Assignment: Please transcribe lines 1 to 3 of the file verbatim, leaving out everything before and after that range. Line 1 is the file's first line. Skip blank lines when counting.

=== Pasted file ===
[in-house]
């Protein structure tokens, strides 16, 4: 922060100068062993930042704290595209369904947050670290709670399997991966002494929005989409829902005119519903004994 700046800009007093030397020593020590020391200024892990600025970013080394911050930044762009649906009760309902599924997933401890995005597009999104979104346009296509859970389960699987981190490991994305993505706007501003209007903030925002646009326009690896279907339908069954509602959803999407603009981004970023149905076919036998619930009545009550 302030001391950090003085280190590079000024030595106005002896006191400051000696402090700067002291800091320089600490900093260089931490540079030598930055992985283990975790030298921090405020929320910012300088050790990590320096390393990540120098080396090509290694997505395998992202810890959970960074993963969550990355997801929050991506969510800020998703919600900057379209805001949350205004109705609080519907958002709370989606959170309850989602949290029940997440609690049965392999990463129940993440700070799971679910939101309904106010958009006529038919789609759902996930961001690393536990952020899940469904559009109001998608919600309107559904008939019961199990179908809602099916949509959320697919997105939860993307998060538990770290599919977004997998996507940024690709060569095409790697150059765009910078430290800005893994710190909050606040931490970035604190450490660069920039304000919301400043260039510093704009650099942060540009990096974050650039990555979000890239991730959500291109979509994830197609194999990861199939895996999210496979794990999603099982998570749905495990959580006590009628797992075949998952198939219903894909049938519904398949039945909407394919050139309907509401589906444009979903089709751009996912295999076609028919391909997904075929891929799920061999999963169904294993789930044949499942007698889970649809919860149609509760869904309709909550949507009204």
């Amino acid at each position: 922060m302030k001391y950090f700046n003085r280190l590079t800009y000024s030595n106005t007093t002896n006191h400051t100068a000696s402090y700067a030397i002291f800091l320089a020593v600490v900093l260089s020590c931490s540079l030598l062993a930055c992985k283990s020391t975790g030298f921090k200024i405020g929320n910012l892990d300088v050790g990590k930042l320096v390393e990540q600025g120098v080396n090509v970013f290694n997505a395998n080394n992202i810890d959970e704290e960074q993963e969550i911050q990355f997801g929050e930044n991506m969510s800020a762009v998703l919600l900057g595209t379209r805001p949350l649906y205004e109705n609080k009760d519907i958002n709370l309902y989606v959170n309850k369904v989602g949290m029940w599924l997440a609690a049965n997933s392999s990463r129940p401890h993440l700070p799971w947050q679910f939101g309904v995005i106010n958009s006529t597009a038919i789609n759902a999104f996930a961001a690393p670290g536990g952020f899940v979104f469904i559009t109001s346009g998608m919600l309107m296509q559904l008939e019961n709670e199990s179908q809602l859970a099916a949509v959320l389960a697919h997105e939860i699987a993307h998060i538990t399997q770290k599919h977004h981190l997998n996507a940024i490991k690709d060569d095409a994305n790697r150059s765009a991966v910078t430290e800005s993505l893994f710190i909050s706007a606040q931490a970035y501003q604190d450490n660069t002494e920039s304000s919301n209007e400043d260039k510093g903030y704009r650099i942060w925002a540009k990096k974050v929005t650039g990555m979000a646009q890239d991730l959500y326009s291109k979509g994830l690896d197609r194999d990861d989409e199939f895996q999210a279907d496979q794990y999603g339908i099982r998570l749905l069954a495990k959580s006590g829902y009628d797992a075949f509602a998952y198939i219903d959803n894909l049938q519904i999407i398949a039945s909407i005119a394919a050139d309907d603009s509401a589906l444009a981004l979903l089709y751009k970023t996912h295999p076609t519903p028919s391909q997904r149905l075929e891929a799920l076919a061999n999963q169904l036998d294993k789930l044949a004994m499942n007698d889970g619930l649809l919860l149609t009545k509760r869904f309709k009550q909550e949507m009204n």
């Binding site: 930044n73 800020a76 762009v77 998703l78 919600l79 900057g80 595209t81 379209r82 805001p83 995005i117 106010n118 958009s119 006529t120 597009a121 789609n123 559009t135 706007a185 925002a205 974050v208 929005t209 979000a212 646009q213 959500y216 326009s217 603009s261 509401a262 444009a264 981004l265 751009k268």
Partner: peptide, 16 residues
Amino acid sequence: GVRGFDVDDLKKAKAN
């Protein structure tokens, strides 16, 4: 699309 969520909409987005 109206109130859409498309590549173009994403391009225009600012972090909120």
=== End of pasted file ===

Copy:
[in-house]
């Protein structure tokens, strides 16, 4: 922060100068062993930042704290595209369904947050670290709670399997991966002494929005989409829902005119519903004994 700046800009007093030397020593020590020391200024892990600025970013080394911050930044762009649906009760309902599924997933401890995005597009999104979104346009296509859970389960699987981190490991994305993505706007501003209007903030925002646009326009690896279907339908069954509602959803999407603009981004970023149905076919036998619930009545009550 302030001391950090003085280190590079000024030595106005002896006191400051000696402090700067002291800091320089600490900093260089931490540079030598930055992985283990975790030298921090405020929320910012300088050790990590320096390393990540120098080396090509290694997505395998992202810890959970960074993963969550990355997801929050991506969510800020998703919600900057379209805001949350205004109705609080519907958002709370989606959170309850989602949290029940997440609690049965392999990463129940993440700070799971679910939101309904106010958009006529038919789609759902996930961001690393536990952020899940469904559009109001998608919600309107559904008939019961199990179908809602099916949509959320697919997105939860993307998060538990770290599919977004997998996507940024690709060569095409790697150059765009910078430290800005893994710190909050606040931490970035604190450490660069920039304000919301400043260039510093704009650099942060540009990096974050650039990555979000890239991730959500291109979509994830197609194999990861199939895996999210496979794990999603099982998570749905495990959580006590009628797992075949998952198939219903894909049938519904398949039945909407394919050139309907509401589906444009979903089709751009996912295999076609028919391909997904075929891929799920061999999963169904294993789930044949499942007698889970649809919860149609509760869904309709909550949507009204």
């Amino acid at each position: 922060m302030k001391y950090f700046n003085r280190l590079t800009y000024s030595n106005t007093t002896n006191h400051t100068a000696s402090y700067a030397i002291f800091l320089a020593v600490v900093l260089s020590c931490s540079l030598l062993a930055c992985k283990s020391t975790g030298f921090k200024i405020g929320n910012l892990d300088v050790g990590k930042l320096v390393e990540q600025g120098v080396n090509v970013f290694n997505a395998n080394n992202i810890d959970e704290e960074q993963e969550i911050q990355f997801g929050e930044n991506m969510s800020a762009v998703l919600l900057g595209t379209r805001p949350l649906y205004e109705n609080k009760d519907i958002n709370l309902y989606v959170n309850k369904v989602g949290m029940w599924l997440a609690a049965n997933s392999s990463r129940p401890h993440l700070p799971w947050q679910f939101g309904v995005i106010n958009s006529t597009a038919i789609n759902a999104f996930a961001a690393p670290g536990g952020f899940v979104f469904i559009t109001s346009g998608m919600l309107m296509q559904l008939e019961n709670e199990s179908q809602l859970a099916a949509v959320l389960a697919h997105e939860i699987a993307h998060i538990t399997q770290k599919h977004h981190l997998n996507a940024i490991k690709d060569d095409a994305n790697r150059s765009a991966v910078t430290e800005s993505l893994f710190i909050s706007a606040q931490a970035y501003q604190d450490n660069t002494e920039s304000s919301n209007e400043d260039k510093g903030y704009r650099i942060w925002a540009k990096k974050v929005t650039g990555m979000a646009q890239d991730l959500y326009s291109k979509g994830l690896d197609r194999d990861d989409e199939f895996q999210a279907d496979q794990y999603g339908i099982r998570l749905l069954a495990k959580s006590g829902y009628d797992a075949f509602a998952y198939i219903d959803n894909l049938q519904i999407i398949a039945s909407i005119a394919a050139d309907d603009s509401a589906l444009a981004l979903l089709y751009k970023t996912h295999p076609t519903p028919s391909q997904r149905l075929e891929a799920l076919a061999n999963q169904l036998d294993k789930l044949a004994m499942n007698d889970g619930l649809l919860l149609t009545k509760r869904f309709k009550q909550e949507m009204n």